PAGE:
When celebrated pedagogue Mauricio Fuks took three gifted violinists through their paces in an inspiring, master class at the Australian National Academy of Music last week, amongst the many pieces of valuable advice was one that he kept insisting on: “Take a risk”. And that is just what a performance of John Luther Adams’ 2014 composition Ten Thousand Birds involved.
It seemed that Melbourne music lovers were up for a challenge too; South Melbourne Town Hall was arranged to accommodate more than its normal quota of audience members with a couple of rows of traditional seating on three sides, 30 beanbags arranged in three clusters and plenty of standing and lying room. Reserved seating was available for the elderly and disabled. It was reminiscent of those Proms-style concerts with the Melbourne Symphony Orchestra and John Hopkins, where blankets and cushions were spread on the floor and we could gaze up at the ceiling of the Melbourne Town Hall while listening to some of the more cutting-edge composers of the time.
It is difficult to see Ten Thousand Birds as innovative as some of the music Hopkins brought to Melbourne audiences – Peter Maxwell Davies, Lutoslawsi and, most pertinently, the twentieth century composer most passionately attuned to birdsong, Olivier Messiaen, being among their number. Australian composer Keith Humble re-discovered Percy Grainger’s “Free Music”, which predated the aleatoric or “chance” music of Cage and Stockhausen familiar to more adventurous Melbourne music lovers; so for many in an audience that spanned a heartening mix generations, this was a performance that conjured up the past rather than presenting something new. Nevertheless, further exploration of early avant-garde musical and performance concepts always has something to offer even the most seasoned concertgoer.
Adams lived in northern Alaska for almost 40 years and worked full time as an environmental activist during the 1970s and into the ’80s. His compositions are timely in that they reflect his deep concern for the state of the earth and the future of humanity. The one-hour duration of Ten Thousand Birds is divided into six parts: Morning, Midday, Afternoon, Evening, Night and Morning. Within that framework (enhanced by appropriate lighting) Adams employs 17 musicians to recreate the song of 20 birds and a range of additional sounds including frogs, wing whistles, gusts, calls and winds.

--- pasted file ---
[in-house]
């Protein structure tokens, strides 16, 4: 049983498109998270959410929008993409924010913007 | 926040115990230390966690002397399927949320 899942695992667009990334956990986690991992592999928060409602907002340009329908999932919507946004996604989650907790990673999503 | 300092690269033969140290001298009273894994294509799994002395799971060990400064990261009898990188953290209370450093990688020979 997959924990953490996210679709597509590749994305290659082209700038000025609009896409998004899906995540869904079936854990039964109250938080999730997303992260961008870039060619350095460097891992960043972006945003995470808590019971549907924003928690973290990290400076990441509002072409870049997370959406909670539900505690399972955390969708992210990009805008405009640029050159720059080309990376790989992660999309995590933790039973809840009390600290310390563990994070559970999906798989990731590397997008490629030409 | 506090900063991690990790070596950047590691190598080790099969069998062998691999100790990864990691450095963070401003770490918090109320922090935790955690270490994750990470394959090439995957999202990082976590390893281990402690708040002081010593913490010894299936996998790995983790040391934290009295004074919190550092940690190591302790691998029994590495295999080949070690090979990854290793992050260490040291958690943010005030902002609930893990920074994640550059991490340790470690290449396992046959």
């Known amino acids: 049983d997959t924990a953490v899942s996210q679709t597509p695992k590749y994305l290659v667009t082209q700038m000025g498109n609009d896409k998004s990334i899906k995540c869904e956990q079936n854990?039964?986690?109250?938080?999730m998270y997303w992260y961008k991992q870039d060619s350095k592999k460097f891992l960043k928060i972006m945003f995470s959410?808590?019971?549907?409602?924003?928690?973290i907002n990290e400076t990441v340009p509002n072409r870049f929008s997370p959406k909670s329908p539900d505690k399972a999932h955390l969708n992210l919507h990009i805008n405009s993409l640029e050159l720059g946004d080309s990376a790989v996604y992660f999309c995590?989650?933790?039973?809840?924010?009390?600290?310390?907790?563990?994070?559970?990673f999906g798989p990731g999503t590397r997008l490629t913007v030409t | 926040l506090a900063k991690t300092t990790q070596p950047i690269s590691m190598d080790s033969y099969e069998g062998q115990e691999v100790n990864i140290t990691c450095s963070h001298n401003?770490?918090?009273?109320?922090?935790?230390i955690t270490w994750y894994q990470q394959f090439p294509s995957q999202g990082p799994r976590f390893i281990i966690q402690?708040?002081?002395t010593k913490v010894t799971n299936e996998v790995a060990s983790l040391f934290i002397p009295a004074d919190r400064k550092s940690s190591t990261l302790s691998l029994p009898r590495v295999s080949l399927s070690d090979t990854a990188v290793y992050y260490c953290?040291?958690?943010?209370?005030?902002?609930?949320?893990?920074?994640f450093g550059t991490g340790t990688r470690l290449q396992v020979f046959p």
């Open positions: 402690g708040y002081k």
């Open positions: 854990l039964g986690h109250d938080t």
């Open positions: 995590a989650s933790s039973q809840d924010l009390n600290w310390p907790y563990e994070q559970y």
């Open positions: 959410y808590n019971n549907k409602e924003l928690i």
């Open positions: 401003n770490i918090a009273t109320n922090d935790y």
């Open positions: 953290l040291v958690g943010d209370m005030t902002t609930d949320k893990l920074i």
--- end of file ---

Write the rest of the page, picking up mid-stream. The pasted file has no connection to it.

A blackout and the faint sounds of wind gusts signalled the beginning and end of the performance. Musicians were placed around the hall with piano/celeste, percussion, a central pair of marimbas and assorted music stands remaining stationary while wind, string and brass players were free to wander around as they saw fit apart from some precisely choreographed moments. At one point a string quartet sat at one end of the hall to play the calls of the veery in a most beautiful arrangement of dislocated rhythms. All of the birdcalls were fully notated by Adams, but it was up to the musicians to decide exactly when they would be played. There were rough guidelines that specified that there should be moments when all parts would play and others when solitary instruments should be heard.
In the talk and question time that followed interval, ANAM alumnus Tim Munro, now a Chicago-based flutist, writer, broadcaster and teacher, spoke about his relationship with Adams and his work. In response to one question, he said that Adams would have preferred to use Australian birds for a performance of his composition in Australia rather than the North American birds notated for this performance. While an Australian audience had no trouble discerning the woodpecker, dove, owls and frogs, various types of sparrows, chickadees and the wonderful veery were more of a challenge. Would having local birds have added to this immersive experience? Perhaps. On the other hand it could have led to an overly literal distraction of “spot-the-bird”. For my money, it didn’t matter what birds were represented by the horn and trumpet calling to each other across the hall; the birds’ musical essence was the arresting feature.
The audience had been invited to walk around the hall to experience the bird calls in different ways, but very few took up the offer. There was one lady who managed to go out for a glass of red wine, however, and thread her way through the maze of bodies without spilling a drop – slightly bizarre but somehow in keeping with the event. When Tim Munro asked for a show of hands as to whether audience members would have felt more willing to move around for a second performance once they had known what was involved, quite a few hands went up. The three musicians who joined Munro for the talk gave interesting information regarding their musical choices and responses to Adams’ concepts with its emphasis on focussed listening and creative response.
There was no doubt that this was an important part of the educational experiences that ANAM provides for its young musicians. Mauricio Fuks said that he had wanted to come to ANAM for some time, but what he found had exceeded his expectations. What had impressed him most were three qualities: the talent of the students, the atmosphere and the collegiality. He would also have been impressed with their willingness to take a risk in this performance.
Heather Leviston attended the Australian National Academy of Music’s performance of “Ten Thousand Birds” given at South Melbourne Town Hall on June 4, 2019.